The High Cost of Healthcare, Whoever Pays

Colorado residents are facing a steep rise in healthcare insurance premiums, and many are favoring a “single-party” insurer, which means the government. They will be able to vote on that option in the 2016 election.  Let the state or federal government set up a program with low premiums for everyone. The problem is that the premiums will not—cannot—cover the cost, which will have to be made up with additional taxes, as surely they will, because taxes can be hidden while insurance premiums require periodically writing a very visible check.  I often think I could bankrupt a healthcare system myself if I was allowed free access to any medical technology anytime I felt less than perfect.

The basic problem is that everyone wants the top doctors, the latest medication, and the widest range of tests, but no one wants to pay for it, least of all the patient. They feel they were living good, honest lives, working hard, raising families and helping their neighbors, when out of the blue, through no fault of their own, they were injured or diagnosed with a terrible illness. Their life has been turned upside-down, simple pleasures have been taken away, they are subject to all sorts of discomforts and inconveniences, and you expect them to pay, besides? Someone else should be responsible for at least that part.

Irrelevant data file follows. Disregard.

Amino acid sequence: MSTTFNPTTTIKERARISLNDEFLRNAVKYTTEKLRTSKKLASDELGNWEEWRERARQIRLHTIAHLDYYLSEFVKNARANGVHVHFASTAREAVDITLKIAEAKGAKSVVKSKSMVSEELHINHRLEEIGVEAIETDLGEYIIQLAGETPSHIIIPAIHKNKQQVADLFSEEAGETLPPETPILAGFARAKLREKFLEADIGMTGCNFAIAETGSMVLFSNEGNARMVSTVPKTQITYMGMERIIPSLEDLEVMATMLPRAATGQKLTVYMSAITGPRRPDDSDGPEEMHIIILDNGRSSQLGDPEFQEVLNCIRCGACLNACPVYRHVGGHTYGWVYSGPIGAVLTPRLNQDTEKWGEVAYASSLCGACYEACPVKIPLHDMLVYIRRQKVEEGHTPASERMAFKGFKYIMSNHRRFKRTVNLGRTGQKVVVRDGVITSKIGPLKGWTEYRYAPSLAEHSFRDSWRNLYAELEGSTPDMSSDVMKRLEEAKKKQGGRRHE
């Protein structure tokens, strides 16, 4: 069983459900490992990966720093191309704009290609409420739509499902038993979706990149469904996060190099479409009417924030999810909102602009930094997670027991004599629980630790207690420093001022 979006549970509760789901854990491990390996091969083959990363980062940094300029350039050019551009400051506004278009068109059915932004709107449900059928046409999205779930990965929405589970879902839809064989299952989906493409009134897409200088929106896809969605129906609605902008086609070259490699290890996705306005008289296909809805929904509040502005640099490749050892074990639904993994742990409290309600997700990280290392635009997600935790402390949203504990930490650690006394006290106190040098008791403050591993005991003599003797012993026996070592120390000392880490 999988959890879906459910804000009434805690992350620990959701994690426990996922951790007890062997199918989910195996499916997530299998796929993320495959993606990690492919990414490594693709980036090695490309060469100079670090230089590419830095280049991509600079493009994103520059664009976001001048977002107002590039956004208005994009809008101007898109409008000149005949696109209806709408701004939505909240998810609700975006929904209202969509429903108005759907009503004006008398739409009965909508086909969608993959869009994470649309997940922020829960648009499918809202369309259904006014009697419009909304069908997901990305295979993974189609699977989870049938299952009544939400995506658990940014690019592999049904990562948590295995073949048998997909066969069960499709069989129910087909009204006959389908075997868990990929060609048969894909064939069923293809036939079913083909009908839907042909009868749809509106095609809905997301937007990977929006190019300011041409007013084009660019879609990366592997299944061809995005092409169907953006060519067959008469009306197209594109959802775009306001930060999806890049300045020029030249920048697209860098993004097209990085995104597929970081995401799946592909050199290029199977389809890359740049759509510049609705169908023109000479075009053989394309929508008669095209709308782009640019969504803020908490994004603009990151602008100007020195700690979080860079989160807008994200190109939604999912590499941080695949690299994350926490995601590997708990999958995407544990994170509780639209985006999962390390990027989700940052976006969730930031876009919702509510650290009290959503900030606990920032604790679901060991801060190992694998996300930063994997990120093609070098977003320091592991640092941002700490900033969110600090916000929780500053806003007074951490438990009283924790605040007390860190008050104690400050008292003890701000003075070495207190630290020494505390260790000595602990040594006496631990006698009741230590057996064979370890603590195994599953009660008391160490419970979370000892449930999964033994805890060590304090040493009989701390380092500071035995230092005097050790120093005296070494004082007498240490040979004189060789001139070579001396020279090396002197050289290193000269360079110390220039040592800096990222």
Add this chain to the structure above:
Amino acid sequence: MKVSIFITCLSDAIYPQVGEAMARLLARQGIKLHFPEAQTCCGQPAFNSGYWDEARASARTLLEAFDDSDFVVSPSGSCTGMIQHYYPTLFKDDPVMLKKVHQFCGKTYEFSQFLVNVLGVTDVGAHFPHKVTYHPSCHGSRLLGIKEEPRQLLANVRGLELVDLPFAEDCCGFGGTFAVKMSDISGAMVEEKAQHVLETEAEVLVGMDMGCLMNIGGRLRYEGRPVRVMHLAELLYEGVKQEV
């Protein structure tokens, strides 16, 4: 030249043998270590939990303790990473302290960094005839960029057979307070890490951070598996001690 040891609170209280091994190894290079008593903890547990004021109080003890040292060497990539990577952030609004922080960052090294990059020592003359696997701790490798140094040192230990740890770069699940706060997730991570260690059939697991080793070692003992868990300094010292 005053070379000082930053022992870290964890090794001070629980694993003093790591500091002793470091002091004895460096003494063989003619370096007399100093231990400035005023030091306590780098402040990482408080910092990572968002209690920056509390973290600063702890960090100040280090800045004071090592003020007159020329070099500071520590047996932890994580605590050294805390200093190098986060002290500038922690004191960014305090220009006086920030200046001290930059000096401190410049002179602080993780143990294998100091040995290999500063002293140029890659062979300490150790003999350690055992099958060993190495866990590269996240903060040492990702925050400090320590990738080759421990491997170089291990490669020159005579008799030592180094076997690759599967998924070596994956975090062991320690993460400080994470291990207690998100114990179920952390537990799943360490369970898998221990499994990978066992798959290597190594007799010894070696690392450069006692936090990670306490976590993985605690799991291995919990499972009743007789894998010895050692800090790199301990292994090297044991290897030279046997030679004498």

Everyone else sees it differently: Git along little dogie. It’s your misfortune and none of my own.

But the cost remains, big as life and twice as ugly. No matter how you slice and dice it, it is still there, and somebody has to pay. The only real question is who. Fingers point outward in all directions.  Not you, not me. Charge that man behind the tree.

A recent editorial compared Colorado’s single-party option with the Veterans Affairs system, the largest single-party insurer in the country. How’s that working out? As Canada and the UK have found, even astronomical government subsidies are not enough, and the final result is that services are simply not provided. The best doctors move on to better paying jobs in administration, replacement doctors are not hired, equipment is not purchased, new hospitals are not built.

“Sure, you can make an appointment. The earliest opening is in two months, but we hope you’ll be dead by then.”

RWalck@Verizon.net

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About Roger Walck

My reasons for writing this blog are spelled out in the posting of 10/1/2012, Montaigne's Essays. They are probably not what you think.
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